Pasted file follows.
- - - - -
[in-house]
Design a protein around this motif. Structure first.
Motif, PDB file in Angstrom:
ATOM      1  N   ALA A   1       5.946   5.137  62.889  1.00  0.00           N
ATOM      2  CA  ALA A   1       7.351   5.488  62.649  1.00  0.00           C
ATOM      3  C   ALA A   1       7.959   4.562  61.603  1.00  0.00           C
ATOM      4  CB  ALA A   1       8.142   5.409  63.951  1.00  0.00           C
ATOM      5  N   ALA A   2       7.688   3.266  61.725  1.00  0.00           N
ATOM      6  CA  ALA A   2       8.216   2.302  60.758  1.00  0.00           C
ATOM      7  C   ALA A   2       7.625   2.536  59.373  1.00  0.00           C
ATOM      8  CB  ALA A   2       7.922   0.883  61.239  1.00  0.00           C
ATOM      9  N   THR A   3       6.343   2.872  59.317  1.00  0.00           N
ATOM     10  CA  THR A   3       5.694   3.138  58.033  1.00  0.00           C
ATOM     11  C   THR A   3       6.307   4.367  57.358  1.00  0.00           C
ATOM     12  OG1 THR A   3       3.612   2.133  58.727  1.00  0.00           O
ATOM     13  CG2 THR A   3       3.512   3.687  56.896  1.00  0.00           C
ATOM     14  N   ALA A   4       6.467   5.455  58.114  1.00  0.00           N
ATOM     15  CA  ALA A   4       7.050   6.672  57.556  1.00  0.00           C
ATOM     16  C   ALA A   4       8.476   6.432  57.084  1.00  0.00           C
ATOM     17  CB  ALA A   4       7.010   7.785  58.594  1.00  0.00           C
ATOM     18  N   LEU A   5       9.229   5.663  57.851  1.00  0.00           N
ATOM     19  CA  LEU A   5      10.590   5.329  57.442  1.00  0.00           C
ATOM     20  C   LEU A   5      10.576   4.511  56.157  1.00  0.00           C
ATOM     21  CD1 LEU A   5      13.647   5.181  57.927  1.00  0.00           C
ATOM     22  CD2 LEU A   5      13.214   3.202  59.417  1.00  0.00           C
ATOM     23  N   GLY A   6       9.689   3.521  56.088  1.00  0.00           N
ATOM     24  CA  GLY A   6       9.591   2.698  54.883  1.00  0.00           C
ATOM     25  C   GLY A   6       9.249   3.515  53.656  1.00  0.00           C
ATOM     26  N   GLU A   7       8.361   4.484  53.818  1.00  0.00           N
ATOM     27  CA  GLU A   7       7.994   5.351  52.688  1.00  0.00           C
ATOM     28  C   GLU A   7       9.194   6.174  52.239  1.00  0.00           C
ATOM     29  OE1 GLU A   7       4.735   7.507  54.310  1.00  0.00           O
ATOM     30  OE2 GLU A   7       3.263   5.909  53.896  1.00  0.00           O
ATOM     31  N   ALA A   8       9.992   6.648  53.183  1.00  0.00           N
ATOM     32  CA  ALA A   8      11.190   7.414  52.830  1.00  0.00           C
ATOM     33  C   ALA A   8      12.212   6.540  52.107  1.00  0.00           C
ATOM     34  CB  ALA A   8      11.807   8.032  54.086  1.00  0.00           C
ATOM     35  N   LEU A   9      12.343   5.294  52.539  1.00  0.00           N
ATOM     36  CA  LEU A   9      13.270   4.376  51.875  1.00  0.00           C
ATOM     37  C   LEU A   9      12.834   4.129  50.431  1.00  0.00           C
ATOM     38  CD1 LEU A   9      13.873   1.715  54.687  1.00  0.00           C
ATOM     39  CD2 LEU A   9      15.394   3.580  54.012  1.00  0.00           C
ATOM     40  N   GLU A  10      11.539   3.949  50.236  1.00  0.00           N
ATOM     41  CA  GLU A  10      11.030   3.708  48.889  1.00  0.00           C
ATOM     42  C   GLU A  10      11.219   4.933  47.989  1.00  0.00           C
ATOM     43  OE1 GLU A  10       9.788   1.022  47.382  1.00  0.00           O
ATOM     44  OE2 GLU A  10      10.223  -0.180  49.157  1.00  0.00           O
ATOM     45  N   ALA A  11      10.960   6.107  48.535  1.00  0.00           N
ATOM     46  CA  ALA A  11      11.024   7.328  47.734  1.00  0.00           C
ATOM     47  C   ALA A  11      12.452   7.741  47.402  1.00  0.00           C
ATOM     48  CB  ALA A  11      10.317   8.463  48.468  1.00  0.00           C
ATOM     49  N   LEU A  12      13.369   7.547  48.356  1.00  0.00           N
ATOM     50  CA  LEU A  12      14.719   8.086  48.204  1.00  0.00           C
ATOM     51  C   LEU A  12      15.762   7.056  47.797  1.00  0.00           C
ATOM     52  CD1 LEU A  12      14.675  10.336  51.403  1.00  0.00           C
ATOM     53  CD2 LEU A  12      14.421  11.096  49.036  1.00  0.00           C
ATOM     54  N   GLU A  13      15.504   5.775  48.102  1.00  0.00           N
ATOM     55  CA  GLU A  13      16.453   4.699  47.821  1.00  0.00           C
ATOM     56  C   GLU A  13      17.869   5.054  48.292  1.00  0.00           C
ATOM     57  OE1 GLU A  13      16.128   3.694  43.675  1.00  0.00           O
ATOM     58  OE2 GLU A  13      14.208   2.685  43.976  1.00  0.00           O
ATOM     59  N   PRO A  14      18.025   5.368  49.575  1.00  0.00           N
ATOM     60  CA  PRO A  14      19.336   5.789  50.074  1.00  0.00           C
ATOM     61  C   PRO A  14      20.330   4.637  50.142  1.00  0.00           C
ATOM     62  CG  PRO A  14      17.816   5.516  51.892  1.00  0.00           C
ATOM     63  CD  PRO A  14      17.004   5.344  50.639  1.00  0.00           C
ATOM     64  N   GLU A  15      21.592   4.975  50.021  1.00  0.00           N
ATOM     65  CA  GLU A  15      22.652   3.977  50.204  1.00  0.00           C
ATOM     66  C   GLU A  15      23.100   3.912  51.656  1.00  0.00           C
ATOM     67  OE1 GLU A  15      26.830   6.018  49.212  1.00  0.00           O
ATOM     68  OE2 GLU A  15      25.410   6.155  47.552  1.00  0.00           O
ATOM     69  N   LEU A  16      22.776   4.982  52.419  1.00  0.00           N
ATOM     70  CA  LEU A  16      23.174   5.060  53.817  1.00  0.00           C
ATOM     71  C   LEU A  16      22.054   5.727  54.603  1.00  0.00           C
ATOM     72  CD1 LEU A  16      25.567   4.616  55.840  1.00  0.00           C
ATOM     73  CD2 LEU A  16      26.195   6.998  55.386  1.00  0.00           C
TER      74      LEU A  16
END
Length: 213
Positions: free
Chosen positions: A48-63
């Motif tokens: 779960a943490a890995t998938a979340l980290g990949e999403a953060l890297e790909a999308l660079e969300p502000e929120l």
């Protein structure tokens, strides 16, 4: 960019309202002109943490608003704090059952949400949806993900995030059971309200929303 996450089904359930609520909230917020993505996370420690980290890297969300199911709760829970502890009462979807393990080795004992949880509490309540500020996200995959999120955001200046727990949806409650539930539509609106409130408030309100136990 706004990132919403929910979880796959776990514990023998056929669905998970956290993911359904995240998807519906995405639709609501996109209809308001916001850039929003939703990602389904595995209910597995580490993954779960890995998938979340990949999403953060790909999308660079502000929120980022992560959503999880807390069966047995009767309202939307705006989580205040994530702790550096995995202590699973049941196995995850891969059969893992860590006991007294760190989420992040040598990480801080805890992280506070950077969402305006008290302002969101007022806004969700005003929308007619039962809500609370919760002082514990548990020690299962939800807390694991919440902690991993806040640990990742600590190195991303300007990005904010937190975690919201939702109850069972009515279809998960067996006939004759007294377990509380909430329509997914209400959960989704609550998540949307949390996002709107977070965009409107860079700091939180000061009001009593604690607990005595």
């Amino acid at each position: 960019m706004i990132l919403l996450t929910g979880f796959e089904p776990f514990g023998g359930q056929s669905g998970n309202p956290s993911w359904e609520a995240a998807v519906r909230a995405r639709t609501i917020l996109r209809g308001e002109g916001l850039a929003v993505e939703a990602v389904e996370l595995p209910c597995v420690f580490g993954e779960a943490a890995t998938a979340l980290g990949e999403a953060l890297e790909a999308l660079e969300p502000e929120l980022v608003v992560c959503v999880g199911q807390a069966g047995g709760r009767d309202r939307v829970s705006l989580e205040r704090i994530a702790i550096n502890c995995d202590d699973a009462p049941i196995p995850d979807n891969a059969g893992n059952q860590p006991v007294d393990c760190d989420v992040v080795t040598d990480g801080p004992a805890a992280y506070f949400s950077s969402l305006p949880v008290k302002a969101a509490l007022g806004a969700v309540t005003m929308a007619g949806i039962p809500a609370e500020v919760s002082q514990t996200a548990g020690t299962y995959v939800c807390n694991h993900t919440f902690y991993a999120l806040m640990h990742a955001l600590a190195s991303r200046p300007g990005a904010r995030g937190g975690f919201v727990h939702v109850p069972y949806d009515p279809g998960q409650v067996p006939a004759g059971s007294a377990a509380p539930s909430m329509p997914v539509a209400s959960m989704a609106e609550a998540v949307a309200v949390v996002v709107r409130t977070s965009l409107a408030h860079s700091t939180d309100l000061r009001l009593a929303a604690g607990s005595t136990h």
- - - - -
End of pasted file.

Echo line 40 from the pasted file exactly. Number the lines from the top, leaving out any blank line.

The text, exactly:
ATOM     37  C   LEU A   9      12.834   4.129  50.431  1.00  0.00           C